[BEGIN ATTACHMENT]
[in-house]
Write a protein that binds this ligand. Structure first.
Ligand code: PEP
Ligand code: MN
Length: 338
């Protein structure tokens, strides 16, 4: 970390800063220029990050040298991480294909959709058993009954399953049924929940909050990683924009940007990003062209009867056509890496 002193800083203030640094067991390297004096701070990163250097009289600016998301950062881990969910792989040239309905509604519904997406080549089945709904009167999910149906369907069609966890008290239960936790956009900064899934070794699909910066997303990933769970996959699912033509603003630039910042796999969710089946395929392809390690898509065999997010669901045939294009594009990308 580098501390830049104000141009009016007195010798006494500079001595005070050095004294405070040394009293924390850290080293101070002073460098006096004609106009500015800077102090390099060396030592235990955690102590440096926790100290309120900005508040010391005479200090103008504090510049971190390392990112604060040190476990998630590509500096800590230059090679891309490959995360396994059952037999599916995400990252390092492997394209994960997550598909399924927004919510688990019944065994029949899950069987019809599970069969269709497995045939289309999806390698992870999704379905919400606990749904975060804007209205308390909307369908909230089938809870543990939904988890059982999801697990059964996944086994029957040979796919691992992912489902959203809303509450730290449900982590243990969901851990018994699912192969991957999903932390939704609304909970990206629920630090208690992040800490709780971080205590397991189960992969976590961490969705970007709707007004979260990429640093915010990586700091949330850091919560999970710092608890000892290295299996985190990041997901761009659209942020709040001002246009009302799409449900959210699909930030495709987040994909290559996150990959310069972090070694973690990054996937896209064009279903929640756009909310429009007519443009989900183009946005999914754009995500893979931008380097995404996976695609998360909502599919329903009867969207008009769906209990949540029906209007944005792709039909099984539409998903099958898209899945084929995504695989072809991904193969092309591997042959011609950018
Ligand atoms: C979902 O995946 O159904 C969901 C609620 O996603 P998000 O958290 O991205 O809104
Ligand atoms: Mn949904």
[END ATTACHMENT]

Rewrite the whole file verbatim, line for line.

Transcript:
[in-house]
Write a protein that binds this ligand. Structure first.
Ligand code: PEP
Ligand code: MN
Length: 338
């Protein structure tokens, strides 16, 4: 970390800063220029990050040298991480294909959709058993009954399953049924929940909050990683924009940007990003062209009867056509890496 002193800083203030640094067991390297004096701070990163250097009289600016998301950062881990969910792989040239309905509604519904997406080549089945709904009167999910149906369907069609966890008290239960936790956009900064899934070794699909910066997303990933769970996959699912033509603003630039910042796999969710089946395929392809390690898509065999997010669901045939294009594009990308 580098501390830049104000141009009016007195010798006494500079001595005070050095004294405070040394009293924390850290080293101070002073460098006096004609106009500015800077102090390099060396030592235990955690102590440096926790100290309120900005508040010391005479200090103008504090510049971190390392990112604060040190476990998630590509500096800590230059090679891309490959995360396994059952037999599916995400990252390092492997394209994960997550598909399924927004919510688990019944065994029949899950069987019809599970069969269709497995045939289309999806390698992870999704379905919400606990749904975060804007209205308390909307369908909230089938809870543990939904988890059982999801697990059964996944086994029957040979796919691992992912489902959203809303509450730290449900982590243990969901851990018994699912192969991957999903932390939704609304909970990206629920630090208690992040800490709780971080205590397991189960992969976590961490969705970007709707007004979260990429640093915010990586700091949330850091919560999970710092608890000892290295299996985190990041997901761009659209942020709040001002246009009302799409449900959210699909930030495709987040994909290559996150990959310069972090070694973690990054996937896209064009279903929640756009909310429009007519443009989900183009946005999914754009995500893979931008380097995404996976695609998360909502599919329903009867969207008009769906209990949540029906209007944005792709039909099984539409998903099958898209899945084929995504695989072809991904193969092309591997042959011609950018
Ligand atoms: C979902 O995946 O159904 C969901 C609620 O996603 P998000 O958290 O991205 O809104
Ligand atoms: Mn949904």